Extra leg room, more recline, comfortable seating in Economy class. This is what SE Aeronautics promises with its newly designed “morphing” seat.
The ultra-thin seat gives the impression of more space, and as it slides forward, passengers enjoy further reclining without affecting other passengers sitting in the rows behind and in front of them.
In principle, the idea has merit, unless it is used to place even more seats in an already crowded space.
This post is based on the Forbes article, Is This the Airline Seat of the Future?, by C. Elliott, January 19, 2019; and the CNBC article and video, Airplane class wars have come to coach. Here is your guide to the new economy seats, by L. Josephs, December 22, 2018. Image source: ©Spaces Images/Blend Images LLC.
1. Is the new design mentioned in the article a departure from the ‘shrinking’ seat in Economy class?
Guidance: Yes and no. Assuming that airlines keep the pitch between seats around 32 inches, passengers might indeed enjoy extra recline and leg room. The viscoelastic foam seat might even be more comfortable than the old-fashioned seats. It might also create the illusion that there is “more space,” even though there does not seem to be any change in seat width.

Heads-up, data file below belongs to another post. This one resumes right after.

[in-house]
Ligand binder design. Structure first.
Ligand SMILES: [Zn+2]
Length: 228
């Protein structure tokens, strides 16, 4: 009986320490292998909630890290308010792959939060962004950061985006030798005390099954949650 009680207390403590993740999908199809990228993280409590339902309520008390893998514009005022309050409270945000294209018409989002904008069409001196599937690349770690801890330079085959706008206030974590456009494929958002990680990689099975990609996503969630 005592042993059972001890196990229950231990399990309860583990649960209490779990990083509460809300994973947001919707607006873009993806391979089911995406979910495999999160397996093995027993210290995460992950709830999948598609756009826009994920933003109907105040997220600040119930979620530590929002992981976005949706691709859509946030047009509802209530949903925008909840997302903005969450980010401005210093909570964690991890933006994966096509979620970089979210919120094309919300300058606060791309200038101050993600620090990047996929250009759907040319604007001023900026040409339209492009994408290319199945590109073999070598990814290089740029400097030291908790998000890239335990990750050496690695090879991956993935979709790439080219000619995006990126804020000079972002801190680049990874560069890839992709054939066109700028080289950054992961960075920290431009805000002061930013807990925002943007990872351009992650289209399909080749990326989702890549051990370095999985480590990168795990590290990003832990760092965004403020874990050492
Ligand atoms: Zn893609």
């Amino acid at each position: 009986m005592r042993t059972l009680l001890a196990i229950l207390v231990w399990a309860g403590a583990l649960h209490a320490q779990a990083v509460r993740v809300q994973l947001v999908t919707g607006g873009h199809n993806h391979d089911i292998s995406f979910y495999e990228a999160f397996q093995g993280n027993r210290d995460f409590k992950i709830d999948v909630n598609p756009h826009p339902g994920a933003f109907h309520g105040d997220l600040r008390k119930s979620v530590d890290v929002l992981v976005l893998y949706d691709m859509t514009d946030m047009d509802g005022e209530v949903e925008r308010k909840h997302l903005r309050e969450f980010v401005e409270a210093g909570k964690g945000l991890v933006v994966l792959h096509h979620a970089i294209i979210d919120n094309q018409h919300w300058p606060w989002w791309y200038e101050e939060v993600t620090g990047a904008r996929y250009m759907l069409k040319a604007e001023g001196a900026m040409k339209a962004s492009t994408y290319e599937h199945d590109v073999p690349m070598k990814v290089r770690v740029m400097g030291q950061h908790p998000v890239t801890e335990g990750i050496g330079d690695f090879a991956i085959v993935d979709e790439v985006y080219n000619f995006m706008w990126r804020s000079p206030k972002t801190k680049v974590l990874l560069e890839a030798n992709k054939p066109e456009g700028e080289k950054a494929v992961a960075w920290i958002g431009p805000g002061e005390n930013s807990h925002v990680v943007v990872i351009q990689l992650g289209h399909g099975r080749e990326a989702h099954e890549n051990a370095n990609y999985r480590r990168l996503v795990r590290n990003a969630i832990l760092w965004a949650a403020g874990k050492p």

2. According to the Kano model, with what type of quality is the proposed product associated? Justify your answer.
Guidance: Most students will probably answer that the new seat design only satisfies a basic quality requirement because basic requirements for seat recline and leg room are not met currently. They may argue that the design improvement will produce a very limited increase in satisfaction since they would also expect wider seats and foot rests, especially for long flights.
Other students may view the new features as performance quality, but may point out that the low degree of enhancements is insufficient to boost satisfaction levels in a significant manner. Moreover, with time, these performance features will quickly become basic quality features.
3. Why do you think the airline industry has not been enthusiastic about the new design?
Guidance: As mentioned in the article, the new design may disrupt well established supply chains. Moreover, the seats do not seem to have been tested for reliability and comfort.
However, airlines may not care much about passenger comfort in Economy class. This is why Lloyd Weaver is trying to market the potential of extra revenue through increased fare without the extra space taken by the enhancements offered in Economy Plus or Premium Economy.